A critical factor of a retirement analysis is the communication aspect. This is where a financial planner can show their skills.

Simply seeing numbers on a spreadsheet might not cause people to change course on their journey to retirement. Communicating a retirement gap in the right context can drive home the message that saving more today will lead to a better tomorrow.

How Does a 401(k) Plan Factor Into the Analysis?

A high-level retirement gap analysis should be mixed in with detailed cash flow planning.

Your 401(k) plan is a major account that is assessed during a retirement analysis. An employer retirement account is a large part of many workers’ overall retirement plan. A 401(k) gap can be found by analyzing the value of a participant’s pre-tax and Roth accounts versus what they will need to retire.

What’s great about a 401(k) account is that it often features an employer matching contribution, which is almost like free money so long as you meet the plan’s matching contribution requirements. Many plans will match, say, 50% of the employee’s contribution up to 6%. For a $100,000 salary, that means $3,000 per year of employer contributions, in addition to $6,000 from the employee. That’s $9,000 per year.

A 401(k) account, among other retirement plans offered through work, is a major piece of someone’s retirement asset pie. It’s simple to increase contributions to it without noticing much of a difference in your paycheck. Moreover, the auto-enrollment and auto-escalation features are great tools to help more people save more for retirement so that their 401(k) gap shrinks over time. A 401(k) analysis can be helpful for workers young and old.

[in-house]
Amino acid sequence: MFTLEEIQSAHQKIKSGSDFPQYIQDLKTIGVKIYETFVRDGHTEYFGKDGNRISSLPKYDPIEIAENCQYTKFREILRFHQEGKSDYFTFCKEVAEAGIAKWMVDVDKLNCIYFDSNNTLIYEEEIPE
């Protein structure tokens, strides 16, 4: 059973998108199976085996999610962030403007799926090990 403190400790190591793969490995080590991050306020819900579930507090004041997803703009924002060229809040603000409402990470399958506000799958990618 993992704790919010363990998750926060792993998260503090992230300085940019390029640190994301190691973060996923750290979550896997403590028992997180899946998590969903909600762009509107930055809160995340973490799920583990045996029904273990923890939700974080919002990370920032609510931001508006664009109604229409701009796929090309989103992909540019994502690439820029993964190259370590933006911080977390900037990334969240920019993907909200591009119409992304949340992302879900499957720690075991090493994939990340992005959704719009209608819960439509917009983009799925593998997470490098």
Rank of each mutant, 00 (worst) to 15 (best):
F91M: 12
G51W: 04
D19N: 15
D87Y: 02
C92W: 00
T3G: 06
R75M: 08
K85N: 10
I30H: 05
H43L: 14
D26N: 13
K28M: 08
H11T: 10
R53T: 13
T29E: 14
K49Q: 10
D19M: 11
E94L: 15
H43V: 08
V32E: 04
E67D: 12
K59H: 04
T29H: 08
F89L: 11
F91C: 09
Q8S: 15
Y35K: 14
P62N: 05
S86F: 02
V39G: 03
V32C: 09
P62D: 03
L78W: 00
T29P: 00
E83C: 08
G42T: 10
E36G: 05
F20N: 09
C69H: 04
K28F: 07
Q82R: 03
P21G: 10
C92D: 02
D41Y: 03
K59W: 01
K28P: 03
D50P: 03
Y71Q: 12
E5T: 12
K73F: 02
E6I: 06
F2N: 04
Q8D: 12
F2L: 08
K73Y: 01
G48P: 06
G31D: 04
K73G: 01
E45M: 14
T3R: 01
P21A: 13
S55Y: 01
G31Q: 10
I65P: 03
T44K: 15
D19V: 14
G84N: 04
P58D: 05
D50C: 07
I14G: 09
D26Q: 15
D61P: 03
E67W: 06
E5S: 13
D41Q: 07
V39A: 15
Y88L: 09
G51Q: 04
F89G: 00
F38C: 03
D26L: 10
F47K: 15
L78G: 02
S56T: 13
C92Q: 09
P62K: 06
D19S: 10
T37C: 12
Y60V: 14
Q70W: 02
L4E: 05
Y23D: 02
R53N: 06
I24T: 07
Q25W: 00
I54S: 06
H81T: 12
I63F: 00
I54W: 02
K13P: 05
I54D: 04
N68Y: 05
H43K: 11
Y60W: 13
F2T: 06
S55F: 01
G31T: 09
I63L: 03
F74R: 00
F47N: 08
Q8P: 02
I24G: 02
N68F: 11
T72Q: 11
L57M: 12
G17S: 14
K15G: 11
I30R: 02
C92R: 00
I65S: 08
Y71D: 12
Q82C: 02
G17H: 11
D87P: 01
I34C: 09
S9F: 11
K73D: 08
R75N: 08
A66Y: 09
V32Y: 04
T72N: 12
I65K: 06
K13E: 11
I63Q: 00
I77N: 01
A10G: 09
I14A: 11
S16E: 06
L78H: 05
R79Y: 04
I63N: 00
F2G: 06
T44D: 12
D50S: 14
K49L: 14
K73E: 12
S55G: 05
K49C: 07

Retirement Gap Analysis Example

Let’s run through a retirement gap analysis example to better show the steps involved.

Retirement Gap Analysis, Step-by-Step


Retirement Income Assessment: Summing all retirement savings accounts to find a portfolio value. Identifies any potential shortfall between required monthly income and total projected income between Social Security, retirement plans, and other accounts.
Review liabilities and future spending habits. No retirement gap analysis is complete without a thorough assessment of what you owe and current and future spending.
Analyze changes to an individual’s retirement date. Can make arriving at retirement easier if more time is allowed to increase saving.
Strategize about Social Security options. Delaying benefits until age 70 will increase total payout; might reduce longevity risk.
Outlining steps to take to shore up retirement income. Increasing a 401(k) contribution rate can help narrow the retirement gap. Reducing spending and increasing your savings rate are other actions.

How to Calculate Retirement Income

Knowing if your 401(k) is enough is important, but so too is a broader look at your assets and liabilities along with what income to expect in retirement. No retirement gap analysis is complete without it.

Calculating retirement income can be done using various online calculators, but you might want to sit down with a financial planner to map out what income you, personally, will need in retirement. Variables like your spending habits, inflation, discounted cash flow rates, and possible risks all must be considered.